The Celts settled much further south of the Po River than many maps show. Remnants in the town of Doccia, in the province of Emilia-Romagna, showcase Celtic houses in very good condition dating from about the 4th century BC.


A century later the defeat of the combined Samnite, Celtic and Etruscan alliance by the Romans in the Third Samnite War sounded the end of the Celtic domination in Europe, but it was not until 192 BC that the Roman armies conquered the last remaining independent Celtic kingdoms in Italy. Samnite warriors Samnium (Oscan Safinim) was a region of the southern Apennines in Italy that was home to the Samnites, a group of Sabellic tribes that controlled the area from about 600 BC to about 290 BC. Samnium was delimited by Latium in the north, by Lucania in the south... Map showing the extent of the Etruscan civilization and the twelve Etruscan League cities. ... Combatants Roman Republic Samnium The Samnite Wars were three wars between the early Roman Republic and the tribes of Samnium. ... Centuries: 3rd century BC - 2nd century BC - 1st century BC Decades: 240s BC 230s BC 220s BC 210s BC 200s BC - 190s BC - 180s BC 170s BC 160s BC 150s BC 140s BC Years: 197 BC 196 BC 195 BC 194 BC 193 BC - 192 BC - 191 BC 190 BC...


Under Caesar the Romans conquered Celtic Gaul, and from Claudius onward the Roman empire absorbed parts of the Celtic British Isles. Roman local government of these regions closely mirrored pre-Roman 'tribal' boundaries, and archaeological finds suggest native involvement in local government. Latin was the official language of these regions after the conquests. For other uses, see Claudius (disambiguation). ... It has been suggested that this article or section be merged into British and Irish Isles. ... A tribe, viewed historically or developmentally, consists of a social group existing before the development of, or outside of, states, though some modern theorists hold that contemporary tribes can only be understood in terms of their relationship to states. ... Latin is an ancient Indo-European language. ...


The native peoples under Roman rule became Romanized and keen to adopt Roman ways. Celtic art had already incorporated classical influences, and surviving Gallo-Roman pieces interpret classical subjects or keep faith with old traditions despite a Roman overlay. Muiredacha Cross. ...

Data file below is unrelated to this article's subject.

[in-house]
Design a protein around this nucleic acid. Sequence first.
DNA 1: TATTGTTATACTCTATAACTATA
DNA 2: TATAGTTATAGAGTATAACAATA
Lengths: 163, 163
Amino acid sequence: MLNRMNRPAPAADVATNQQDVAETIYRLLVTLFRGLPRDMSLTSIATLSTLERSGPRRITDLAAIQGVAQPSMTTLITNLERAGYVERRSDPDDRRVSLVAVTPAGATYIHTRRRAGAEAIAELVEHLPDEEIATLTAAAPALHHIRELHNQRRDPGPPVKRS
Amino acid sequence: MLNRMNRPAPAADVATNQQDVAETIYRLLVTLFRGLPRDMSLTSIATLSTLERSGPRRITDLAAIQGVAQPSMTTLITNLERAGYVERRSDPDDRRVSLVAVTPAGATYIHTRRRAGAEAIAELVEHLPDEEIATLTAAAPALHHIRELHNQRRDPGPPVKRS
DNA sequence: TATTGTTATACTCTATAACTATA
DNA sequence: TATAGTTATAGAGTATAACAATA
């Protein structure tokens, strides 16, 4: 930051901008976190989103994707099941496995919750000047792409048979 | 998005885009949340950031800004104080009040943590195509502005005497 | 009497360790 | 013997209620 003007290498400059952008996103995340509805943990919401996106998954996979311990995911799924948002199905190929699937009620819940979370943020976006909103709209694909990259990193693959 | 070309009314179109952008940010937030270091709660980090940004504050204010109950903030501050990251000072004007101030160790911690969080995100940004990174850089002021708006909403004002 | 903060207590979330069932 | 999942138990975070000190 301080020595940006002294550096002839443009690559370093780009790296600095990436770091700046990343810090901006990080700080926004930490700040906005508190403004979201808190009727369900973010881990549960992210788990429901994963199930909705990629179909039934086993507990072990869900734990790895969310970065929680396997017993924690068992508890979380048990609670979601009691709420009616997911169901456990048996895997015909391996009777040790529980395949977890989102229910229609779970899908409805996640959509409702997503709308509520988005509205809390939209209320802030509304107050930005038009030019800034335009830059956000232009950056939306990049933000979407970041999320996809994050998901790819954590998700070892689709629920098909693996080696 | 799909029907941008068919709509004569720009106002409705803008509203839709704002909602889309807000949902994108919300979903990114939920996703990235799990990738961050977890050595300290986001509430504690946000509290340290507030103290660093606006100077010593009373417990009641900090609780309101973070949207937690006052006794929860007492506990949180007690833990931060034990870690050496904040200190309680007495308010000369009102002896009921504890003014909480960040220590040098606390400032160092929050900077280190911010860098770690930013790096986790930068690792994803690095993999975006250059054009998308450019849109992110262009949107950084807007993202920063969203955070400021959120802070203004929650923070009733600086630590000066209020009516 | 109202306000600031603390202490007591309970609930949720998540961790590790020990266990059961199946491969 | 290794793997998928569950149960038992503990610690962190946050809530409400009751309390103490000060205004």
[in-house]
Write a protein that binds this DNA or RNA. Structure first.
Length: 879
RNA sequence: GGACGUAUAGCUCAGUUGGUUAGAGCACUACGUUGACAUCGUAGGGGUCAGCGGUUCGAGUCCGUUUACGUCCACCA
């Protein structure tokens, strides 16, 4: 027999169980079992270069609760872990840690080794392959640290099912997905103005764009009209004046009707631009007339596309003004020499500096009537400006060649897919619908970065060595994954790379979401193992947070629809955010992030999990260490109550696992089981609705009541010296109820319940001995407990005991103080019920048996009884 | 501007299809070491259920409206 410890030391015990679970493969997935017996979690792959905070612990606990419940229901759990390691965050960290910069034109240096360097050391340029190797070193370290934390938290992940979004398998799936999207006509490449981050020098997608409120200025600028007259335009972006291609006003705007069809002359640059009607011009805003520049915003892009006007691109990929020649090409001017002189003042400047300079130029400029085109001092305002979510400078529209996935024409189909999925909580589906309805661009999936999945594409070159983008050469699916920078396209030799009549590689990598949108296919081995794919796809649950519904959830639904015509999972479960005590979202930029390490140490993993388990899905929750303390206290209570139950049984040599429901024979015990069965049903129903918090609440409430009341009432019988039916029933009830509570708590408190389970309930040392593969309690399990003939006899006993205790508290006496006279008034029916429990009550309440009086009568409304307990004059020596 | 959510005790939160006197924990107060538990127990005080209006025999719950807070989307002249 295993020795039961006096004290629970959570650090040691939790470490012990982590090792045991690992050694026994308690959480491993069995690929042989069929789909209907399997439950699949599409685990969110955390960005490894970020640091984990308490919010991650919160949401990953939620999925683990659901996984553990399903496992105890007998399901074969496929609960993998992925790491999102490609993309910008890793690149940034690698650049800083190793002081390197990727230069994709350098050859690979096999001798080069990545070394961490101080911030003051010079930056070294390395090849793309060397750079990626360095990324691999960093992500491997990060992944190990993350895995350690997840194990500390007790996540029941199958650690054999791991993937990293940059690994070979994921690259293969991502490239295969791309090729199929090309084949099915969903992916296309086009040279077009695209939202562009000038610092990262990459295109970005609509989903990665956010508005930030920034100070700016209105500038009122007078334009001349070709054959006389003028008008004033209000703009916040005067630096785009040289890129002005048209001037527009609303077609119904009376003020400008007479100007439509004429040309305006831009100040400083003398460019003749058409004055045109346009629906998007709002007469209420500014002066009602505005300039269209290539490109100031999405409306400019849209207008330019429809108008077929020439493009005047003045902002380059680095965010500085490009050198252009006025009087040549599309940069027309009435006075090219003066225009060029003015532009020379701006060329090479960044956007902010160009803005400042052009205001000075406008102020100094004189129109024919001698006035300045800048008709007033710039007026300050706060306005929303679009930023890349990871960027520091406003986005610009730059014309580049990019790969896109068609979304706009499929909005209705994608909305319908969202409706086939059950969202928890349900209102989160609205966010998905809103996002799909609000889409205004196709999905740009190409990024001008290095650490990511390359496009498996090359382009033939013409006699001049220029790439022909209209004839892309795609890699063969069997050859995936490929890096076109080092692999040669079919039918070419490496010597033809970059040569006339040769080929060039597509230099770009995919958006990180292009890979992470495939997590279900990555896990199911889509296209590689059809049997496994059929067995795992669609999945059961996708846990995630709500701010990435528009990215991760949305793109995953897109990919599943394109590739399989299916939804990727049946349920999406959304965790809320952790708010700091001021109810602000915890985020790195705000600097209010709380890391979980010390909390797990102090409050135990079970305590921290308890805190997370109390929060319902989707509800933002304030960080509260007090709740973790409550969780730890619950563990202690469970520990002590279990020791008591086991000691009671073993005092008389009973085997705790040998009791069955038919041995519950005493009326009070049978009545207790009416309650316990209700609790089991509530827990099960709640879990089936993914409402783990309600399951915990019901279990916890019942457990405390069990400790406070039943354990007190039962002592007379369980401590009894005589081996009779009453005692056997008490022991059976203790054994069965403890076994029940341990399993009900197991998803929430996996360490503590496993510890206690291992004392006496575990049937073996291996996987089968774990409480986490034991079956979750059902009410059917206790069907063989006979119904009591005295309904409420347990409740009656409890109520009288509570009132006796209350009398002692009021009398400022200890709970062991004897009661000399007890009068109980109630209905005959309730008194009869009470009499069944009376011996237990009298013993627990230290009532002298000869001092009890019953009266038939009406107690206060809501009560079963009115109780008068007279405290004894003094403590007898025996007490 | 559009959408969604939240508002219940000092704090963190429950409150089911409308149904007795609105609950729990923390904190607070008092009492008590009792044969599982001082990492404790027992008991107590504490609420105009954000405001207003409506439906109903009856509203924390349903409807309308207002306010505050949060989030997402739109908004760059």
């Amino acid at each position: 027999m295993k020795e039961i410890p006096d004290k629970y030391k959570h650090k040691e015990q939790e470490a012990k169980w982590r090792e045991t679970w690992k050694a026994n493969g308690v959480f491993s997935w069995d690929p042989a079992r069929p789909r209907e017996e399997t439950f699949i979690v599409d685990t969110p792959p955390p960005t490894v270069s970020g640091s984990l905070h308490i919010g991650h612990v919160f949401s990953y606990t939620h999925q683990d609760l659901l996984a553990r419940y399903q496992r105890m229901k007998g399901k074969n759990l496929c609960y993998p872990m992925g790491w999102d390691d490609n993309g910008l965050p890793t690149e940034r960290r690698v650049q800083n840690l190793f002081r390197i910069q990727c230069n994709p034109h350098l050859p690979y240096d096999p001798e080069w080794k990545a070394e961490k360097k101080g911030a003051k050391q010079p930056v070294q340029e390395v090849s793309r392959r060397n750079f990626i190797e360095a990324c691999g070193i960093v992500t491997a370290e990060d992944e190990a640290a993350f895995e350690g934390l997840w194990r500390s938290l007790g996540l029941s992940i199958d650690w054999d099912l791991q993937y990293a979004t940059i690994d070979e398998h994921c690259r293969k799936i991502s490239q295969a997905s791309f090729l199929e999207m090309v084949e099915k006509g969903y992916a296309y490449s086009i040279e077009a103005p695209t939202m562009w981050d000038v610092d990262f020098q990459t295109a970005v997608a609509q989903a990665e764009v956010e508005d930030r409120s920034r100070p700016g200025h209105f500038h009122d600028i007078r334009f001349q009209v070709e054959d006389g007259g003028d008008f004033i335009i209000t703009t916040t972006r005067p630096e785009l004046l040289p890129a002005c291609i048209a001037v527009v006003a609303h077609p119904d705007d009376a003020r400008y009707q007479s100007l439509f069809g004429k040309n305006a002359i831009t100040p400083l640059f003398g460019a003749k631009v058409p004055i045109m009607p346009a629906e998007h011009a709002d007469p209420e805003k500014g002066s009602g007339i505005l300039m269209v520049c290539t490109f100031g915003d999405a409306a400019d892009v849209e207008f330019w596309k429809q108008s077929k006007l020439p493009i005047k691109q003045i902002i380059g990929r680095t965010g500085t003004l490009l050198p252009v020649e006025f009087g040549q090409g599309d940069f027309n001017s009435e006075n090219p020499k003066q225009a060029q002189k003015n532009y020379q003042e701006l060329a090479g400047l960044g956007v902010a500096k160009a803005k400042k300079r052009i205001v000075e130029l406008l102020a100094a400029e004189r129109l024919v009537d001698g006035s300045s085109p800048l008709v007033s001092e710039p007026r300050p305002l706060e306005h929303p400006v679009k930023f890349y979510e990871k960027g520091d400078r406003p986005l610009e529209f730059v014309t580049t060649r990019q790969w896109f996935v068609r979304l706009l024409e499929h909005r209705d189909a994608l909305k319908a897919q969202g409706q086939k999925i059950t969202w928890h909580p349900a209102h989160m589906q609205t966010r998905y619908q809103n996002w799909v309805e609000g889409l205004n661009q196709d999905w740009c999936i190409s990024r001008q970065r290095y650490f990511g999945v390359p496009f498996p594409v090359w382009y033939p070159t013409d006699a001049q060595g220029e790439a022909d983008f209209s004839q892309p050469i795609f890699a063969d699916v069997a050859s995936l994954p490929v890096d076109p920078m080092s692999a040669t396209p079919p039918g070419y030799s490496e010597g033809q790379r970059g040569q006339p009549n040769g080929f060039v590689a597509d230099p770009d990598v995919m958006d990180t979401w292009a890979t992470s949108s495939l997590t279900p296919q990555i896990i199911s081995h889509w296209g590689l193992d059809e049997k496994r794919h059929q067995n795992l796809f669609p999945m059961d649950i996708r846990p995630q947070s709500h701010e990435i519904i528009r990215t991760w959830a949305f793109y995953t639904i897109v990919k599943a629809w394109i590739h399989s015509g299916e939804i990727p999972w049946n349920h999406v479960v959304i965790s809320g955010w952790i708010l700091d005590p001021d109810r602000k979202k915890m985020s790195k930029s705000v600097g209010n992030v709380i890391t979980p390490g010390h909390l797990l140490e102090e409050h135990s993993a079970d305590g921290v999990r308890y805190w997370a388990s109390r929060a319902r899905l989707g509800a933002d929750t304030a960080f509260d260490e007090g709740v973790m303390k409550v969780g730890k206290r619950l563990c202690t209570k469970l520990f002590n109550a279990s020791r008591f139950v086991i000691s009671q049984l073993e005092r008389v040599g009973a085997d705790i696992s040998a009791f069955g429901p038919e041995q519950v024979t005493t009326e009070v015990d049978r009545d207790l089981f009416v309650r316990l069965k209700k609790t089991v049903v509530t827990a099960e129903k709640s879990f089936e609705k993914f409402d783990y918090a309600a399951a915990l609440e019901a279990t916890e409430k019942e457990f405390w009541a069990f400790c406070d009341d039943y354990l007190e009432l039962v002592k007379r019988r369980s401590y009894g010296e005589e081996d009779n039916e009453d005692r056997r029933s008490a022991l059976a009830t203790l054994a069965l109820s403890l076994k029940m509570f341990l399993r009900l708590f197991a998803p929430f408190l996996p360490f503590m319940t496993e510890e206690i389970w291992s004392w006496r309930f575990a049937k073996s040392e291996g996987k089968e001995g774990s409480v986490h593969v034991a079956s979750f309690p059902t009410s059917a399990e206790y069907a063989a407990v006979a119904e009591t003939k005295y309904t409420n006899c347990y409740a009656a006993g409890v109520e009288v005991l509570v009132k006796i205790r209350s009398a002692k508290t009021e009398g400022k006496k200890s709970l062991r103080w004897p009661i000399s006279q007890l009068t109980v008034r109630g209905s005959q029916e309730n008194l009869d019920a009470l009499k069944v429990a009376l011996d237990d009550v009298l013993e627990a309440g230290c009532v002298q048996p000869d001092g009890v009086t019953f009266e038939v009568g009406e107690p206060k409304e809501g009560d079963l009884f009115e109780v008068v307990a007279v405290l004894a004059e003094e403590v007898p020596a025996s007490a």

Romanization

The Roman occupation of Gaul, and to a lesser extent of Britain, led to Roman-Celtic syncretism, see Roman Gaul, Roman Britain. In the case of Gaul, this eventually resulted in complete Romanization and the extinction of the Gaulish language, see Gallo-Roman culture. However, the Celts were master horsemen, and they so impressed the Romans that it led the Romans to adopt worship of Epona, the Celtic horse goddess. Map of Gaul circa 58 BC Gaul (Latin Gallia, Greek Galatia) was the region of Western Europe occupied by present day northern Italy, France, Belgium, western Switzerland and the parts of the Netherlands and Germany on the west bank of the Rhine river. ... Gaul in the Roman Empire Roman Gaul consisted of an area of provincial rule in what would become modern day France, Belgium, Luxembourg, and western Germany. ... Principal sites in Roman Britain Roman Britain refers to those parts of the island of Great Britain controlled by the Roman Empire between 43 and 410. ... Gaulish is the name given to the Celtic language that was spoken in Gaul before the Vulgar Latin of the late Roman Empire became dominant in Roman Gaul. ... The term Gallo-Roman describes the Romanized culture of Gaul under the rule of the Roman Empire, particularly the areas of Gallia Narbonensis that developed into Occitania, and to a lesser degree, Aquitania. ...


Celtic Christianity